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FOR IMMEDIATE RELEASE: September 7, 2016
Contact: Eowyn Langholf, eowyn@wikitree.com

WikiTree Announces Source-a-Thon

Genealogy community donates $3,000+ in prizes to support sourced genealogy

September 7, 2016: WikiTree will be kicking off Family History Month with a three-day sourcing marathon, October 1-3, 2016. Individuals and organizations from around the genealogy community are coming together to support this event by donating door prizes for participants. Over $3,000 in genealogy prizes have already been pledged.

Citing sources is required on WikiTree’s collaborative, free family tree, but inexperienced genealogists don’t always record them. As Mags Gaulden, a WikiTree leader, states, “In a perfect world all genealogies would be well-sourced, but unfortunately this isn’t the case. We have all run across online genealogies that are just repeats, copy-and-pastes, of what someone else had thrown up based on what aunt Mabel told them back in the 70s.”

Second-hand family information deserves to be preserved and shared, but it needs to be verified. Generous genealogists in the WikiTree community help each other every day by confirming the information in unsourced profiles and adding citations. 200,000 profiles on WikiTree’s 12-million person tree are currently identified as needing independent verification. The Source-a-Thon is a major community event to slash that number, draw attention to the importance of sources, and to have fun doing it.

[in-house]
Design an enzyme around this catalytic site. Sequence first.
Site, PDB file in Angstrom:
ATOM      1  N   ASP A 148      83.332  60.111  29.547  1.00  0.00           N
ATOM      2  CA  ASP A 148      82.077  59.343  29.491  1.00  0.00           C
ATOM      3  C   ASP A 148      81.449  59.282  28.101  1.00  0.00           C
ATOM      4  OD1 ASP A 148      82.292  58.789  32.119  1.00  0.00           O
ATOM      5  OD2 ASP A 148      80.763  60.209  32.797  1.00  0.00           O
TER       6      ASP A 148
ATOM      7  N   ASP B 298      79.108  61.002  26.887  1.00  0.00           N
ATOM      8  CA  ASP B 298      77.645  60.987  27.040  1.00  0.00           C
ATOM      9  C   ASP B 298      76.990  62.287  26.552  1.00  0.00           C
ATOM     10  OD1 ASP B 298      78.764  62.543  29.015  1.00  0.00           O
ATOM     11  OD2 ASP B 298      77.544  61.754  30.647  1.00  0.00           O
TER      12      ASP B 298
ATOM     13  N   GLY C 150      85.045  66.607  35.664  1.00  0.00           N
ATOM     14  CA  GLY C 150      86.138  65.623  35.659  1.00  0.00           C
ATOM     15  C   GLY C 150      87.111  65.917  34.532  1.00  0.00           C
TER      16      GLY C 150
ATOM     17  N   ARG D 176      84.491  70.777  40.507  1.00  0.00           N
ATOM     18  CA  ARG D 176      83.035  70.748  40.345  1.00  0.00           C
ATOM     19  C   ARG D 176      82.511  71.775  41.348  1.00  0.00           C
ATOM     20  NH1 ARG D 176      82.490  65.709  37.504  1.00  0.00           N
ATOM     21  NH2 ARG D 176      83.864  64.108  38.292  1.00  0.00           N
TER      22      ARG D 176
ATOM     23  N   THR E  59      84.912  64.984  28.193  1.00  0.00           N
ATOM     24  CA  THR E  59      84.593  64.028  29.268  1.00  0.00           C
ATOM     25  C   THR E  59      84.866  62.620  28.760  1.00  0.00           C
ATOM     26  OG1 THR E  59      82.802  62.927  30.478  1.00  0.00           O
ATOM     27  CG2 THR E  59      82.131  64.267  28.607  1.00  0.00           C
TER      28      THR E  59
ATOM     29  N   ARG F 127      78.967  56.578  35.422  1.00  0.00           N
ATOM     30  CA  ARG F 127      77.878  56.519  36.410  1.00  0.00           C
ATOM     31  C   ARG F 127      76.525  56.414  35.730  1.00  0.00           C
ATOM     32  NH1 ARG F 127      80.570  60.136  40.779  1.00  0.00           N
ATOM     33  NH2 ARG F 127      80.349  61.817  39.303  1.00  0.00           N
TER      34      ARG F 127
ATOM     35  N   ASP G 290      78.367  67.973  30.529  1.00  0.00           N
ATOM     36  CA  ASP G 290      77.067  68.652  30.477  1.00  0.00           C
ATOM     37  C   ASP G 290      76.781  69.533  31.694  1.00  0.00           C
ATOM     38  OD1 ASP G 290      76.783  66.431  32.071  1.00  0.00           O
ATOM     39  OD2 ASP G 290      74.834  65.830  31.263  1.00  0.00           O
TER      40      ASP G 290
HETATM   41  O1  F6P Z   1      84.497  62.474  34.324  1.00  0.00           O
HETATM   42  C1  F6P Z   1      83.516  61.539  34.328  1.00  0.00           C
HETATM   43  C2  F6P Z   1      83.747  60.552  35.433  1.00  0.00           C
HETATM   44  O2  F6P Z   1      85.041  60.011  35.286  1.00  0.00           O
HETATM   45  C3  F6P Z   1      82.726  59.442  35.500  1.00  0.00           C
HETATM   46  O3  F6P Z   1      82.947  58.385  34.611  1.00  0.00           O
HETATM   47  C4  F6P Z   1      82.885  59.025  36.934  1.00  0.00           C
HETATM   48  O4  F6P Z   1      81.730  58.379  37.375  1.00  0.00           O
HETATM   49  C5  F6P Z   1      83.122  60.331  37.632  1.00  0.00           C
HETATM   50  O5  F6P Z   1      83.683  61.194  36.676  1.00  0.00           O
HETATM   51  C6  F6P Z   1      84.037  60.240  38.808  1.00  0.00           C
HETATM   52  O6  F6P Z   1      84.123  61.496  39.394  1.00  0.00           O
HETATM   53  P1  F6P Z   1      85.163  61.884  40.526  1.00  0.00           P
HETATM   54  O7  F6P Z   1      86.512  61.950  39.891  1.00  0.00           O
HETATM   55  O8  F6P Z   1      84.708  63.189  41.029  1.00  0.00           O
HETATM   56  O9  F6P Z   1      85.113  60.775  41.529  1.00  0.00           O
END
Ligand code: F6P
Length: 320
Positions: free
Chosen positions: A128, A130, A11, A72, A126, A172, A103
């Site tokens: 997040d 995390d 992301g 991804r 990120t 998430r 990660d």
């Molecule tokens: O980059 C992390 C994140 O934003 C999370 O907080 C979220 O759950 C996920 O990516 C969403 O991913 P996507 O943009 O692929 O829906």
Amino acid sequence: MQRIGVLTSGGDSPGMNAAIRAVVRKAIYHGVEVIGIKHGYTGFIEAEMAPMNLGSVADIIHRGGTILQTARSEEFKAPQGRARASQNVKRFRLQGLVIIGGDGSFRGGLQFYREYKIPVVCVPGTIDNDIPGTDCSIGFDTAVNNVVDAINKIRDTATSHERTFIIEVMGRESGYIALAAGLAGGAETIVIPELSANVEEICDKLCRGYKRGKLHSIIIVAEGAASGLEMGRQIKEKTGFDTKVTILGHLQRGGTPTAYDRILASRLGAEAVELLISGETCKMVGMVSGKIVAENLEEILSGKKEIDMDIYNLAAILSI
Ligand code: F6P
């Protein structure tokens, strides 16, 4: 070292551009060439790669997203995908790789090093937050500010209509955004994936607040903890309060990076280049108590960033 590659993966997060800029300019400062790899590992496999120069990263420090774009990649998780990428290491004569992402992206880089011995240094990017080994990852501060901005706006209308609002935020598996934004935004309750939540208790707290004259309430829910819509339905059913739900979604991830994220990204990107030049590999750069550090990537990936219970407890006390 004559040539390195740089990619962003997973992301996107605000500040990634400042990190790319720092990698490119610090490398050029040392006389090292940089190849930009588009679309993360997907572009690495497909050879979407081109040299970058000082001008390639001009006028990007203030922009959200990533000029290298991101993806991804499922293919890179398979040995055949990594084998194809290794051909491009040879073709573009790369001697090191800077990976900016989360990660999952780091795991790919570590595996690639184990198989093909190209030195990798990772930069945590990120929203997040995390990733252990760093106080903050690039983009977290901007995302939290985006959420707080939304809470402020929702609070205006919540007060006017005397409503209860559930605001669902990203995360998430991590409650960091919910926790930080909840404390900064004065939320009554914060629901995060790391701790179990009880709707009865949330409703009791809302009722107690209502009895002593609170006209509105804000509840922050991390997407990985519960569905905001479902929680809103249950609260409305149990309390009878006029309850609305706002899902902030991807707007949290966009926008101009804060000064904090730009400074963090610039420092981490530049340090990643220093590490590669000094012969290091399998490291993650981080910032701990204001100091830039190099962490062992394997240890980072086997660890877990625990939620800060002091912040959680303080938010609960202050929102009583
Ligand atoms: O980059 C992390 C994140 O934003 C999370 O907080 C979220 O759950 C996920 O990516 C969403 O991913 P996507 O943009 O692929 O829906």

Live chats will be hosted every few hours during the three-day event for participants to cheer each other on. During the chats, random winners will be drawn for valuable prizes including full memberships at MyHeritage, FindMyPast, Ancestry, Fold3, Newspapers.com, and GenealogyBank, DNA tests from Family Tree DNA, conference passes for RootsTech, software, books, gift certificates, t-shirts, research assistance, and much more.

To be eligible for door prizes, participants must register in advance and get a “race number.” See http://www.wikitree.com/wiki/Source-a-Thon

Prize donations will be accepted until race day. Contact eowyn@wikitree.com if you would like to support the Source-a-Thon with a donation for participants.

WikiTree: The Free Family Tree has been growing since 2008. Community members privately collaborate with close family members on modern family history and publicly collaborate with other genealogists on deep ancestry. Since all the private and public profiles are connected on the same system this process is helping to grow a single, worldwide family tree that will eventually connect us all and thereby make it free and easy for anyone to discover their roots. See http://www.WikiTree.com.

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FOR IMMEDIATE RELEASE: June 3, 2015